BERLIN — Earlier this summer, the leaders of Bavaria’s conservative Christian Social Union, the sister party to Chancellor Angela Merkel’s Christian Democrats, threatened to bring down the German government in a showdown with Merkel over stricter measures for refugees and asylum-seekers. The move was largely seen as an attempt by the party, which is facing a challenge from the far-right, anti-immigrant Alternative for Germany, or AfD, to prove it was tough enough on migration issues.
It didn’t work out the way they intended.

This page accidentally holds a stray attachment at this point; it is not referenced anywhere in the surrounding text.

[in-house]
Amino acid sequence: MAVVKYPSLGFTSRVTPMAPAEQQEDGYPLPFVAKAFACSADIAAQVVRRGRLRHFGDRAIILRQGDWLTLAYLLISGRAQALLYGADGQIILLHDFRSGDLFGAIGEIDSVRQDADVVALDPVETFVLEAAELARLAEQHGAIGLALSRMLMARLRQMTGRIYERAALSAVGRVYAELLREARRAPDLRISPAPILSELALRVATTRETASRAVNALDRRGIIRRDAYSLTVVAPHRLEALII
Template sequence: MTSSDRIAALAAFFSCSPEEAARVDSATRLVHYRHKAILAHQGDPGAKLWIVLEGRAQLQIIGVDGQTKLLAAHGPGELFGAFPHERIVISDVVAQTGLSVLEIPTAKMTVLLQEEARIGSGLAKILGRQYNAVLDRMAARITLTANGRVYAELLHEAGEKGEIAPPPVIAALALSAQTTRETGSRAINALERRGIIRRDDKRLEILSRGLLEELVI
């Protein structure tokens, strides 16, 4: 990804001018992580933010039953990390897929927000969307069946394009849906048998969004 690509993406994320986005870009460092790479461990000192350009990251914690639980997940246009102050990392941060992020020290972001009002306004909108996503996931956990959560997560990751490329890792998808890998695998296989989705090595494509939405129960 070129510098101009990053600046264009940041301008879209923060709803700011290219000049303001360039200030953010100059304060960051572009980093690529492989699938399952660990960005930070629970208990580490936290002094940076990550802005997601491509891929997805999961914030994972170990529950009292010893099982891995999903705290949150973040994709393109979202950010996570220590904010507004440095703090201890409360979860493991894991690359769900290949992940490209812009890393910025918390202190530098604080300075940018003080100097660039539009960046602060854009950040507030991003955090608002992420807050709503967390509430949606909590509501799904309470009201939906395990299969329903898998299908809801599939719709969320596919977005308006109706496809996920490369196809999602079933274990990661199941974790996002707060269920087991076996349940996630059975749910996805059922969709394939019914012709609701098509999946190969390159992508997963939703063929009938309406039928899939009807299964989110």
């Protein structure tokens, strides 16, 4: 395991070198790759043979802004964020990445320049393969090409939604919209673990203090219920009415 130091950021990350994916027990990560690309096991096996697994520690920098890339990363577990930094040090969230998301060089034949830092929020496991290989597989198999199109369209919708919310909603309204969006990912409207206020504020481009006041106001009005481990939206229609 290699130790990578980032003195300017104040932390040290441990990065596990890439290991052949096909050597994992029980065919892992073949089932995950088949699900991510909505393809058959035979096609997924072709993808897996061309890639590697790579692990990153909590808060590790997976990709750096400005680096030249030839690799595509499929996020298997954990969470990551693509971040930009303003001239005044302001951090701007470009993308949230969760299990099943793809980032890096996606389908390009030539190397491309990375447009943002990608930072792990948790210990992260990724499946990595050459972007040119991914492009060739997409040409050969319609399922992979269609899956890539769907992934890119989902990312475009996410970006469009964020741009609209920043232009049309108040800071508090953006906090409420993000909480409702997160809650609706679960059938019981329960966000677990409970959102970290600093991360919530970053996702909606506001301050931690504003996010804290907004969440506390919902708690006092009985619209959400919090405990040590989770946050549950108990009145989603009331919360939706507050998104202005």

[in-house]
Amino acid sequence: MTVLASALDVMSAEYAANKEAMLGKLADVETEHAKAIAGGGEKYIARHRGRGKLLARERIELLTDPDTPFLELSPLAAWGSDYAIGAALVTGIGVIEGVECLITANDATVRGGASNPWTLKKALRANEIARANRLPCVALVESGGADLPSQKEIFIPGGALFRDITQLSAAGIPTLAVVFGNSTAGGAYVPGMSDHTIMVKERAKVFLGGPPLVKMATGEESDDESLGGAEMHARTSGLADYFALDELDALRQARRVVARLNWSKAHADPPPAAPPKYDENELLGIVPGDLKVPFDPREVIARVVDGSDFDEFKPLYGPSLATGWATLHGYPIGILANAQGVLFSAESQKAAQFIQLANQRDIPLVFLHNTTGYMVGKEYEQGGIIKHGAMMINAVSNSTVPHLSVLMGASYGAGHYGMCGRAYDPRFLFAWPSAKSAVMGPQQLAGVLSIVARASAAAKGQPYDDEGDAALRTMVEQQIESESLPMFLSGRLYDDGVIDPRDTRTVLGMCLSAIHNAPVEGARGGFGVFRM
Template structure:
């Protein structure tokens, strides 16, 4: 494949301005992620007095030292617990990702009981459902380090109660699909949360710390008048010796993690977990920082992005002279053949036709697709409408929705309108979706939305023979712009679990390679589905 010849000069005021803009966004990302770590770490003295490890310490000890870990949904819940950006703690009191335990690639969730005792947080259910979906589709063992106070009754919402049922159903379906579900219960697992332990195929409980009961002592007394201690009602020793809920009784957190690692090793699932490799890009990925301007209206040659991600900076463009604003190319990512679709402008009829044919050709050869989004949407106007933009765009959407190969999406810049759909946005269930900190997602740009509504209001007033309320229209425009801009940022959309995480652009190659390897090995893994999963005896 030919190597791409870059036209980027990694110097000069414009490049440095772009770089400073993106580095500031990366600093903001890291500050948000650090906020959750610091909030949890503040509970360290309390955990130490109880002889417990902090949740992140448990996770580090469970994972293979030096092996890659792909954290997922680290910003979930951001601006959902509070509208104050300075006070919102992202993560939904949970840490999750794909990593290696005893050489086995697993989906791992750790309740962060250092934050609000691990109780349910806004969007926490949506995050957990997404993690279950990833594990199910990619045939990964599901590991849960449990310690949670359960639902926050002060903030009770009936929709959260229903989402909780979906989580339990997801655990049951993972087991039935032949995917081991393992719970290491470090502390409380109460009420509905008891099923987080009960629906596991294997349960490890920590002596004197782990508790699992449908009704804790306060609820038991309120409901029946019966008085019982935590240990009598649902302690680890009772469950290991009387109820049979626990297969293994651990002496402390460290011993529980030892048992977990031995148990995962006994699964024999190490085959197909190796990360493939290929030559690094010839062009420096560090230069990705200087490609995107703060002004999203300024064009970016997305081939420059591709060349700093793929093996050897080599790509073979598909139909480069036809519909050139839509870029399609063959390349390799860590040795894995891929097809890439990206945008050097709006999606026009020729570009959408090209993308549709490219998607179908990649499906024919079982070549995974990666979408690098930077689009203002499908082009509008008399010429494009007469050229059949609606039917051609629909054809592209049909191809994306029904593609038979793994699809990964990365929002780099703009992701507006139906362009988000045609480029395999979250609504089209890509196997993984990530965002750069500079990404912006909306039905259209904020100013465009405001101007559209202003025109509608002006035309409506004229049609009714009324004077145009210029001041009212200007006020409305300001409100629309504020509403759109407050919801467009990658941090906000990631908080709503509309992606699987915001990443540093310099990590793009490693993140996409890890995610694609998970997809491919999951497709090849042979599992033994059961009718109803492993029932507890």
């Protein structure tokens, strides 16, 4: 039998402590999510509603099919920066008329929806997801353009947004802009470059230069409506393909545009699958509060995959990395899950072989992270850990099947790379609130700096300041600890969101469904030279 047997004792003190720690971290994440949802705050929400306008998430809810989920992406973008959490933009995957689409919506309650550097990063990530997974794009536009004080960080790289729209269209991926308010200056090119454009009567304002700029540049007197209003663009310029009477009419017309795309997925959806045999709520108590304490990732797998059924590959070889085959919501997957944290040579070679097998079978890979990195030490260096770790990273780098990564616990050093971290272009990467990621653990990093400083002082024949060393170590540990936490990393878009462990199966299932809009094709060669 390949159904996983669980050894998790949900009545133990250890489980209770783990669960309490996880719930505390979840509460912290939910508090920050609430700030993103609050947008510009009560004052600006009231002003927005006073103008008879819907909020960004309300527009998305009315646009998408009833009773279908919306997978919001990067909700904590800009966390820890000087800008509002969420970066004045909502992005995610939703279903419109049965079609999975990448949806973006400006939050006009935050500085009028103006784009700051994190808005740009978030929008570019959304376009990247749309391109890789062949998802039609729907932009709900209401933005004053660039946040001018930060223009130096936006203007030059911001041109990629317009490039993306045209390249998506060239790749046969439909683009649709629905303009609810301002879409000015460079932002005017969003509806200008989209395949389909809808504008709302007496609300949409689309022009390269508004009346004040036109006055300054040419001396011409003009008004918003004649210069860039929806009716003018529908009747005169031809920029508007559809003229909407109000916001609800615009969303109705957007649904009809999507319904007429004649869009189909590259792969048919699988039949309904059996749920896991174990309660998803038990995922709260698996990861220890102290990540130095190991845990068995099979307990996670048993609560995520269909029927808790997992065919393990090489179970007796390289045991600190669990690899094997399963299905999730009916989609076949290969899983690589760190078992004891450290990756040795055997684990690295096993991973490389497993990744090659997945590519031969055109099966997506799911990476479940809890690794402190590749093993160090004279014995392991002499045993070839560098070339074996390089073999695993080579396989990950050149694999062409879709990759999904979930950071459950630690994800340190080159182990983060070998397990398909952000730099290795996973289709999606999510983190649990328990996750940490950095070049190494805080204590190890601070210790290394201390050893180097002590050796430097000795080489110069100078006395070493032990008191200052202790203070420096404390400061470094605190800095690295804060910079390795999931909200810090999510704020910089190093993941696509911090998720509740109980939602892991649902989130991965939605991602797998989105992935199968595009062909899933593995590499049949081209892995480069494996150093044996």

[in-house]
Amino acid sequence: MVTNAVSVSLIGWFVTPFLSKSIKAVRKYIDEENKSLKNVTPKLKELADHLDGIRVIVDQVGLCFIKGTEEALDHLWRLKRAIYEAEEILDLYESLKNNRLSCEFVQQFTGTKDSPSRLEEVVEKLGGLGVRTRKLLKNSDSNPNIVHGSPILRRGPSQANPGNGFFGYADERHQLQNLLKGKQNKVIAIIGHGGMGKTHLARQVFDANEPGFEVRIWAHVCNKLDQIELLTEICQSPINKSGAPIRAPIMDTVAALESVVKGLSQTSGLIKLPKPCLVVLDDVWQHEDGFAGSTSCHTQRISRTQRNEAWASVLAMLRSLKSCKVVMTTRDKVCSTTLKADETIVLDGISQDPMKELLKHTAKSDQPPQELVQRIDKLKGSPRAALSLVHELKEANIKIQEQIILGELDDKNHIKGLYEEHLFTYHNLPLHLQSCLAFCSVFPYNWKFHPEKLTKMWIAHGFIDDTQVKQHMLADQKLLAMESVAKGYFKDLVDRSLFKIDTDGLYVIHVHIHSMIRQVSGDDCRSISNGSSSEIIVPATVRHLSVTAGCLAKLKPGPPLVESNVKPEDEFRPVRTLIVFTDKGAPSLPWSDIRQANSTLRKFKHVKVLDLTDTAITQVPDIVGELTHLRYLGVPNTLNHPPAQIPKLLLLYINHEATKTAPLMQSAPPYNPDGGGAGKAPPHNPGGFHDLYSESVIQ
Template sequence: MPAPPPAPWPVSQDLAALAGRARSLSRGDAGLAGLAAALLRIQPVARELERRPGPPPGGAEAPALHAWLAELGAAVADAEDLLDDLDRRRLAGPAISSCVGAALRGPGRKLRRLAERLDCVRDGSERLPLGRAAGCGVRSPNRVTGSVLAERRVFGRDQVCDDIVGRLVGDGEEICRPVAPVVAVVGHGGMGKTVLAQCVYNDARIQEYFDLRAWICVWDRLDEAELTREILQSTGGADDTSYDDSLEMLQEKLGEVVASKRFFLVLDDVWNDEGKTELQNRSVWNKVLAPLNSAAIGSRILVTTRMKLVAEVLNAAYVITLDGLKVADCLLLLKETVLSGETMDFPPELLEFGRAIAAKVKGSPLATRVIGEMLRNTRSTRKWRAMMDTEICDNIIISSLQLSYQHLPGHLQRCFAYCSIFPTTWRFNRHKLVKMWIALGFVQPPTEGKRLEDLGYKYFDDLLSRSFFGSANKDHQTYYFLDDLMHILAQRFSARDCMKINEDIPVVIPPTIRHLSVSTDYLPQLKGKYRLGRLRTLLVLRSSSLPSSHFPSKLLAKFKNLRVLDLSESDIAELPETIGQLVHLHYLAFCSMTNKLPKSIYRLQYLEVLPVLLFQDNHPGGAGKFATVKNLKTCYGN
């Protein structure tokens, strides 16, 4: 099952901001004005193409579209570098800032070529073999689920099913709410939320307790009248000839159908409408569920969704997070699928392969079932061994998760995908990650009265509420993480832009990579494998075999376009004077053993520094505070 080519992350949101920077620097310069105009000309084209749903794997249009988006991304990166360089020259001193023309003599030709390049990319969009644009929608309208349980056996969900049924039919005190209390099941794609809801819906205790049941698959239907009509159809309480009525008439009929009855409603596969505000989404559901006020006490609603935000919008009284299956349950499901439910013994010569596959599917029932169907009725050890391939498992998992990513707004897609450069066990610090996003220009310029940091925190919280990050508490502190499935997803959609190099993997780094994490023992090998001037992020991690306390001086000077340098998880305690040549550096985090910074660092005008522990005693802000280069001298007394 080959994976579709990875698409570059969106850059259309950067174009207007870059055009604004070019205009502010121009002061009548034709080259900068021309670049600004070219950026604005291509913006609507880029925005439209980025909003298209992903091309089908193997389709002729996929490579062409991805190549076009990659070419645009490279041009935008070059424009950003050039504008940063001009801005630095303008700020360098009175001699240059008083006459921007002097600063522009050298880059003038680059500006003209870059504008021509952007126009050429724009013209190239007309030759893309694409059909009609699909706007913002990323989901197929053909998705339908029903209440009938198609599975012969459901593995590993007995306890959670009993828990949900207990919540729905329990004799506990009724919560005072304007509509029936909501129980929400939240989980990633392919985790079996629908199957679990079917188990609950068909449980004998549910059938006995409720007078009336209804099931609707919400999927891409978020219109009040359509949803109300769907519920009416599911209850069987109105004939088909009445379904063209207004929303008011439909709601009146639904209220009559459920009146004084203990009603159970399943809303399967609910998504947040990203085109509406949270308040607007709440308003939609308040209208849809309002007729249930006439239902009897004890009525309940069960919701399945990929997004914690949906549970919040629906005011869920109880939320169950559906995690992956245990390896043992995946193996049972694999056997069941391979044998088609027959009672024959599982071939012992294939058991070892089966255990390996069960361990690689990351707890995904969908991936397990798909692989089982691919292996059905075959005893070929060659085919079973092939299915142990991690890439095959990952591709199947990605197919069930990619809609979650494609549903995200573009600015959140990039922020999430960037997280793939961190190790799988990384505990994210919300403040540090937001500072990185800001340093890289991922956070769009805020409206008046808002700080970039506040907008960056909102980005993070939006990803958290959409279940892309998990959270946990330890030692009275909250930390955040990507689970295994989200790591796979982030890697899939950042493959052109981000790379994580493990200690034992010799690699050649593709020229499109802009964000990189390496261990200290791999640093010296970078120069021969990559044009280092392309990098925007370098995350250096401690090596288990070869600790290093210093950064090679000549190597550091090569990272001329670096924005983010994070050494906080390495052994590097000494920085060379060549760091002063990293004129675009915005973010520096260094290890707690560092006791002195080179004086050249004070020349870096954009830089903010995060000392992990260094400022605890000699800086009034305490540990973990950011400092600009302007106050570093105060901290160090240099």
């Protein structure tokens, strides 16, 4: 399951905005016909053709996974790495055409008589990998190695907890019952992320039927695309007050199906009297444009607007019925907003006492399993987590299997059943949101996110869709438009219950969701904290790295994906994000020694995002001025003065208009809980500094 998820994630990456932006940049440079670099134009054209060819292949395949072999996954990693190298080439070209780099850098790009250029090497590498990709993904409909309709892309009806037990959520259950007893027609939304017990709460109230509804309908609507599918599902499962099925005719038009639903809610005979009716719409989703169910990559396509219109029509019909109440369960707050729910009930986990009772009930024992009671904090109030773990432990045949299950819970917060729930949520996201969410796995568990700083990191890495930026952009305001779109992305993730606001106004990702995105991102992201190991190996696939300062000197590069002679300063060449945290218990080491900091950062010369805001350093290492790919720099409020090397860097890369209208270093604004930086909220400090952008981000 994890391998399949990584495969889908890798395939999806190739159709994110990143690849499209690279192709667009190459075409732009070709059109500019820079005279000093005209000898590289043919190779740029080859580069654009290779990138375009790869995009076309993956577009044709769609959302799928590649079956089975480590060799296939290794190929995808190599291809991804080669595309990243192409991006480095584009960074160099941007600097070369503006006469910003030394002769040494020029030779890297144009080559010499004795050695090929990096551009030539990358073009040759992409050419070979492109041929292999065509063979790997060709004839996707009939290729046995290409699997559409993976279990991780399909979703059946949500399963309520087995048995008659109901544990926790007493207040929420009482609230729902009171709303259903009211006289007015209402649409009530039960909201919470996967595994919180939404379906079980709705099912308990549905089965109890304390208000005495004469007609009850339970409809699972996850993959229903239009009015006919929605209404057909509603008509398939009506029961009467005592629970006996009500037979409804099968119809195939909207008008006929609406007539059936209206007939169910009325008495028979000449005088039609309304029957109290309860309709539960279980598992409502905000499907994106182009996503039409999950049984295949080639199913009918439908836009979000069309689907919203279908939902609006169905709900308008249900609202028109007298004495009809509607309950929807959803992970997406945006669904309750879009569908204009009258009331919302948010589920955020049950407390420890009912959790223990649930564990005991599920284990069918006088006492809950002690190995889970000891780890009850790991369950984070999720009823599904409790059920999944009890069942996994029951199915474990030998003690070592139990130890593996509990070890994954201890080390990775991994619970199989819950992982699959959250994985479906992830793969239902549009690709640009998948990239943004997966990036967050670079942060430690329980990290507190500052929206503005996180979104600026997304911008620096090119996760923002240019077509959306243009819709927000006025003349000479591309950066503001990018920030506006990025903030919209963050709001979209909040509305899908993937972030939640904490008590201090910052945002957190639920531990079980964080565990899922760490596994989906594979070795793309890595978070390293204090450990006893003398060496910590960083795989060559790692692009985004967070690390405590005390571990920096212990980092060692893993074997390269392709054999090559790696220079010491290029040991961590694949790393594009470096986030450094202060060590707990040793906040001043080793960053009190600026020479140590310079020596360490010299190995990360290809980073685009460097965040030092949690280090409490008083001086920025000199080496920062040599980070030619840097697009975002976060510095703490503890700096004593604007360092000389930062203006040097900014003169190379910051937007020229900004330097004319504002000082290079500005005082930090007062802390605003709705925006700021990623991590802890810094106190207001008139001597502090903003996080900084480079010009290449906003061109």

Two months after Interior Minister Horst Seehofer, the head of the CSU, first went head-to-head with Merkel, the party’s fortunes have declined further and its prospects look dimmer ahead of pivotal regional elections next month. Long the dominant force in Bavaria with an absolute majority in its state parliament, the CSU’s support has dropped to a historic low of 36 percent—a more than 10 percent drop from the last election five years ago, and a sign that it will almost certainly need to work with another party form a coalition government in Bavaria after October’s vote. Meanwhile, Seehofer and Markus Soeder, the CSU’s co-leader and the Bavarian state premier, have become increasingly unpopular in their own state.